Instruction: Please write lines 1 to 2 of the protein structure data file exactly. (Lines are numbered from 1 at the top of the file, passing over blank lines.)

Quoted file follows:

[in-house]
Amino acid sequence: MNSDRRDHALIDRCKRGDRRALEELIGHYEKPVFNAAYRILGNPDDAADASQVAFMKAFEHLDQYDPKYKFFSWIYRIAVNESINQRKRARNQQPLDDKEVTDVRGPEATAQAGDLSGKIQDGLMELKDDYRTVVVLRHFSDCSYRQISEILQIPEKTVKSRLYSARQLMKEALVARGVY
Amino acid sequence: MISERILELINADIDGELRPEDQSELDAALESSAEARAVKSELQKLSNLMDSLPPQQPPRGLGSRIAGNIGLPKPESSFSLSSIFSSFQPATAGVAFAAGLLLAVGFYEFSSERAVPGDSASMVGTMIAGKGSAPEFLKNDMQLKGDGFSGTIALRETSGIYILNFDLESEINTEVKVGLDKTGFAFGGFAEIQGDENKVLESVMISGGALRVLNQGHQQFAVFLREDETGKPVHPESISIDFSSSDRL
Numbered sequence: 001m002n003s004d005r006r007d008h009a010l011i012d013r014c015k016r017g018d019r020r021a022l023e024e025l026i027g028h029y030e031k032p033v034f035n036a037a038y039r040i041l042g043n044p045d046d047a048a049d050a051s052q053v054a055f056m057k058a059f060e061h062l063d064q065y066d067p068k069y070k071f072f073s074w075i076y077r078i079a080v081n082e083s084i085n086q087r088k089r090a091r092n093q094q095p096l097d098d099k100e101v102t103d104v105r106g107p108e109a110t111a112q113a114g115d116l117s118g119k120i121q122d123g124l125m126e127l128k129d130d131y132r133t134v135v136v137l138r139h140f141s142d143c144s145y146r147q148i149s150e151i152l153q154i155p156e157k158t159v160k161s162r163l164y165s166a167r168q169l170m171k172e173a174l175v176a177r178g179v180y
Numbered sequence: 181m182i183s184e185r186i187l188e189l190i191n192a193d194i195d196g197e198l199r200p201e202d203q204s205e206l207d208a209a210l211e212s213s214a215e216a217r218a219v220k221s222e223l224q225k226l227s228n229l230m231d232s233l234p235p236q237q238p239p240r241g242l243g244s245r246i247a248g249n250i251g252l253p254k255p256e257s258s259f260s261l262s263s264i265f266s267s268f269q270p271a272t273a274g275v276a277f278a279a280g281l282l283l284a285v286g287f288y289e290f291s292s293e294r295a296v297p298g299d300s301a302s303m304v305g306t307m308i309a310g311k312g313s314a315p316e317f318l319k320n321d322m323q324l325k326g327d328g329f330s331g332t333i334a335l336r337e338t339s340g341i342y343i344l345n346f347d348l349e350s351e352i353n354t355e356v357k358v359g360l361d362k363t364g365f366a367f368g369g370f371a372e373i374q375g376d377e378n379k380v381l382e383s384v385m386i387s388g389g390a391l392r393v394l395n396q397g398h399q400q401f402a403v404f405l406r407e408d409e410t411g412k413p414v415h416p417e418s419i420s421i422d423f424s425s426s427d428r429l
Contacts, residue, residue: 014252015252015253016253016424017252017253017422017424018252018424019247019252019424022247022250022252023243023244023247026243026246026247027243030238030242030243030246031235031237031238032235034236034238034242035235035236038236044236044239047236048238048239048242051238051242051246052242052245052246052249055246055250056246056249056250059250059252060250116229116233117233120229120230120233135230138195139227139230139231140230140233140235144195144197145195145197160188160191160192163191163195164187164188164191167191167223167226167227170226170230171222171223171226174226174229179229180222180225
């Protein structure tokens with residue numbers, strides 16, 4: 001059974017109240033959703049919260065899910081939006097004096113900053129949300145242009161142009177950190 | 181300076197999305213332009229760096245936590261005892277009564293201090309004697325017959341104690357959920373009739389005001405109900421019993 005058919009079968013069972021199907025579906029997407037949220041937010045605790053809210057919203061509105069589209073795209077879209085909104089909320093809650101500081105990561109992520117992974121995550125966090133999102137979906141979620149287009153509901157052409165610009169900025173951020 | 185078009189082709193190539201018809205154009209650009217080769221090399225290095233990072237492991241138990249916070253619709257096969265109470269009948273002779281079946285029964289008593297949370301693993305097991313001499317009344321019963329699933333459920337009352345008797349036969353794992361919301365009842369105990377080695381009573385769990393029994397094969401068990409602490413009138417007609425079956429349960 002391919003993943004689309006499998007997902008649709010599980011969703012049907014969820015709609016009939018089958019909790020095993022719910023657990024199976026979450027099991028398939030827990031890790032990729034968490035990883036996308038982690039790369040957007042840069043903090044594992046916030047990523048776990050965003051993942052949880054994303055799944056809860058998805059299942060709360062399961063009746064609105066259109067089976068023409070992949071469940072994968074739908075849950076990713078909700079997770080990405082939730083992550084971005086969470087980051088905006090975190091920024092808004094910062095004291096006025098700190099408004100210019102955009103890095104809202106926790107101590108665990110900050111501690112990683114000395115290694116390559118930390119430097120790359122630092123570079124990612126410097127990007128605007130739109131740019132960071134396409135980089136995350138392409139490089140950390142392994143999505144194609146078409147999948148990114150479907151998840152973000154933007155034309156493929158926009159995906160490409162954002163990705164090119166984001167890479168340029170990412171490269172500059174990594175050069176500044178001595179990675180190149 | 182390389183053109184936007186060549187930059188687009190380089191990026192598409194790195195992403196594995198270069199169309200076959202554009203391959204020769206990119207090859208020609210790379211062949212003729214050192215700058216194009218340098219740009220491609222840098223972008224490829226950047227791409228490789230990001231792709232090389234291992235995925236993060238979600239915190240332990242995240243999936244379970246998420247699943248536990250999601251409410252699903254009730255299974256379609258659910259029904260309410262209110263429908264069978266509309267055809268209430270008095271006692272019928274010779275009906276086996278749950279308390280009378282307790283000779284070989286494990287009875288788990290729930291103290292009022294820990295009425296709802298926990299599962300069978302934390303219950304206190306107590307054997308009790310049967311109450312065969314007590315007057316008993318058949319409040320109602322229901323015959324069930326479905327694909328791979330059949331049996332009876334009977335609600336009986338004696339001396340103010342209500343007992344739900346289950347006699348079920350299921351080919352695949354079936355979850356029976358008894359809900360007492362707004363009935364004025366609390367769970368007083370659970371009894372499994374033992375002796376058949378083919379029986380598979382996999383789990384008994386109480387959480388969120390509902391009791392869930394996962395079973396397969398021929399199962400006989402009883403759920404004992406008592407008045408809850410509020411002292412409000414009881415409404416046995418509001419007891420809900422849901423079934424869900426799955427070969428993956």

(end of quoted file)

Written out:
[in-house]
Amino acid sequence: MNSDRRDHALIDRCKRGDRRALEELIGHYEKPVFNAAYRILGNPDDAADASQVAFMKAFEHLDQYDPKYKFFSWIYRIAVNESINQRKRARNQQPLDDKEVTDVRGPEATAQAGDLSGKIQDGLMELKDDYRTVVVLRHFSDCSYRQISEILQIPEKTVKSRLYSARQLMKEALVARGVY